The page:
Abortion rights supporters rally at Vermont Statehouse
Vermonters Tuesday rallied outside the Statehouse against abortion restrictions and bans in other states like Alabama.
Republican Gov. Phil Scott Tuesday confirmed he will allow a bill to become law that protects abortion. The bill would be among the most expansive abortion rights laws in the country. It will allow for "the fundamental right of every individual who becomes pregnant to choose to carry a pregnancy to term, to give birth to a child, or to have an abortion."
Some worry the Supreme Court will overturn Roe v. Wade as Alabama bans abortions, and Georgia, Kentucky, Ohio, Missouri and Mississippi enact strong restrictions.
In all nearly, 300 anti-abortion bills have been introduced so far in 36 states.
Alabama's law is set to take effect in six months, but it faces legal challenges.
Reporter Céline McArthur spoke with WCAX legal analyst Jerry O'Neill about the new restrictive laws in other states.
Jerry O'Neill: The status of it is that those who passed the laws, knew that they wouldn't go into effect, perhaps ever. They're certain that the U.S. District Court is going to say it's unconstitutional because of Roe versus Wade. They know the Fifth Circuit Court of Appeals is going to say unconstitutional. What they're hoping to do is to get the issue to the U.S. Supreme Court. That's the whole design behind this thing. And then they're seeking to have that be a basis to overturn Roe versus Wade, but they know it's not going into effect anytime soon. Probably for years, if it ever does.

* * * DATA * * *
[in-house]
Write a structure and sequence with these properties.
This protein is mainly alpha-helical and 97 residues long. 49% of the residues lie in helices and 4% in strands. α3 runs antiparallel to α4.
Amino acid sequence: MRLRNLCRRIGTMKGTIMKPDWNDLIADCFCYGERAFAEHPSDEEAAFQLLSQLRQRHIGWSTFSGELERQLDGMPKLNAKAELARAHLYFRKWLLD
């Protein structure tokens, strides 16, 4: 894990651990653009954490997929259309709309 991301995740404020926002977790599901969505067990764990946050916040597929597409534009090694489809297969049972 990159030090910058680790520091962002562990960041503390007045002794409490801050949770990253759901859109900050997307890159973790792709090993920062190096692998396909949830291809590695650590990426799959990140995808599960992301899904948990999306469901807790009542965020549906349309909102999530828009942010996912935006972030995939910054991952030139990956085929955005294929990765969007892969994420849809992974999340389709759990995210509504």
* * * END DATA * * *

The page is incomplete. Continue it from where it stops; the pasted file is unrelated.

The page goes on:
Reporter Céline McArthur: What's the motivation behind a legal strategy like that?
Jerry O'Neill: The legal strategy is one that's been developing over time. What they want to do is confront the issue. They want to give a newly composed Supreme Court the opportunity to overrule Roe versus Wade. So that's the strategy. They want to get the case in front of the court. They've decided this is the time to do it.
Reporter Céline McArthur: Do you think it will happen?
Jerry O'Neill: I think it's a mistake right now to do it for a number of reasons. It's a political year. The Supreme Court historically does not like to make a political decision and this is on some level during an election year. On top of that, it's much more likely to happen incrementally, than it is for a general overruling of Roe versus Wade-- if that ever happens.
Speakers in Montpelier Tuesday shared why abortion was right for them. One said she was unable to get an abortion in 1975 and had to drive 60 miles in California to sign up.
"My body is my choice, I get to choose what I want to do," one speaker said. "We all should."
None of the new abortion restrictions have taken effect yet.
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